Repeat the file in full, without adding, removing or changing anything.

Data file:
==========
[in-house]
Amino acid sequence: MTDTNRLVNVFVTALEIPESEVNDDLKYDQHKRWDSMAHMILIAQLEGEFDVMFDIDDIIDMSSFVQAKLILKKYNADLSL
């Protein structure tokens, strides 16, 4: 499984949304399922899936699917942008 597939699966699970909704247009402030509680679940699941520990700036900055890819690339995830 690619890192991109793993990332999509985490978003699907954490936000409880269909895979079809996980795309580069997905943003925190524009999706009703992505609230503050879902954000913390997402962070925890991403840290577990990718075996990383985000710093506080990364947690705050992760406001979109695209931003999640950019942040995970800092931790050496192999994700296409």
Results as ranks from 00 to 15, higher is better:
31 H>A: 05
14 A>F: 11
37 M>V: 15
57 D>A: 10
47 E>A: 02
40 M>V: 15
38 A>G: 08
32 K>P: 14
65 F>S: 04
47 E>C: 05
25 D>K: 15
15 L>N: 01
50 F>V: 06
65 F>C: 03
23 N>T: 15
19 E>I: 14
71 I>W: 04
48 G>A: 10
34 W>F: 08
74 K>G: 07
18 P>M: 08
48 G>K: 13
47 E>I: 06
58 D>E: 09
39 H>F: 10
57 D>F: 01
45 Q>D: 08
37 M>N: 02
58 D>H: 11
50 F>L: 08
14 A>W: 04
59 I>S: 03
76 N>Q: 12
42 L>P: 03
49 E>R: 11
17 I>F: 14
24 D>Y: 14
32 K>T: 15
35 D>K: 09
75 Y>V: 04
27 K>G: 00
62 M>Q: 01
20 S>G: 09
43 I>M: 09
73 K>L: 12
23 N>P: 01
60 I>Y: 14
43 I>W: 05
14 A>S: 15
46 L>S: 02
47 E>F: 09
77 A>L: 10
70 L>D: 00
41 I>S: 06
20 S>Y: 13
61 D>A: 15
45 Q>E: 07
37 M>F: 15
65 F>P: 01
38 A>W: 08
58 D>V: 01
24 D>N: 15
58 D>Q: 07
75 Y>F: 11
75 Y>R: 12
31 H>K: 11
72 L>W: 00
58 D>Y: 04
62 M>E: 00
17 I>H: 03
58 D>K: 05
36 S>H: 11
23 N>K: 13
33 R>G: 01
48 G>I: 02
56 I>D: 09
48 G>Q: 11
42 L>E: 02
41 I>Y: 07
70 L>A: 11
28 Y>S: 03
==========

[in-house]
Amino acid sequence: MTDTNRLVNVFVTALEIPESEVNDDLKYDQHKRWDSMAHMILIAQLEGEFDVMFDIDDIIDMSSFVQAKLILKKYNADLSL
């Protein structure tokens, strides 16, 4: 499984949304399922899936699917942008 597939699966699970909704247009402030509680679940699941520990700036900055890819690339995830 690619890192991109793993990332999509985490978003699907954490936000409880269909895979079809996980795309580069997905943003925190524009999706009703992505609230503050879902954000913390997402962070925890991403840290577990990718075996990383985000710093506080990364947690705050992760406001979109695209931003999640950019942040995970800092931790050496192999994700296409």
Results as ranks from 00 to 15, higher is better:
31 H>A: 05
14 A>F: 11
37 M>V: 15
57 D>A: 10
47 E>A: 02
40 M>V: 15
38 A>G: 08
32 K>P: 14
65 F>S: 04
47 E>C: 05
25 D>K: 15
15 L>N: 01
50 F>V: 06
65 F>C: 03
23 N>T: 15
19 E>I: 14
71 I>W: 04
48 G>A: 10
34 W>F: 08
74 K>G: 07
18 P>M: 08
48 G>K: 13
47 E>I: 06
58 D>E: 09
39 H>F: 10
57 D>F: 01
45 Q>D: 08
37 M>N: 02
58 D>H: 11
50 F>L: 08
14 A>W: 04
59 I>S: 03
76 N>Q: 12
42 L>P: 03
49 E>R: 11
17 I>F: 14
24 D>Y: 14
32 K>T: 15
35 D>K: 09
75 Y>V: 04
27 K>G: 00
62 M>Q: 01
20 S>G: 09
43 I>M: 09
73 K>L: 12
23 N>P: 01
60 I>Y: 14
43 I>W: 05
14 A>S: 15
46 L>S: 02
47 E>F: 09
77 A>L: 10
70 L>D: 00
41 I>S: 06
20 S>Y: 13
61 D>A: 15
45 Q>E: 07
37 M>F: 15
65 F>P: 01
38 A>W: 08
58 D>V: 01
24 D>N: 15
58 D>Q: 07
75 Y>F: 11
75 Y>R: 12
31 H>K: 11
72 L>W: 00
58 D>Y: 04
62 M>E: 00
17 I>H: 03
58 D>K: 05
36 S>H: 11
23 N>K: 13
33 R>G: 01
48 G>I: 02
56 I>D: 09
48 G>Q: 11
42 L>E: 02
41 I>Y: 07
70 L>A: 11
28 Y>S: 03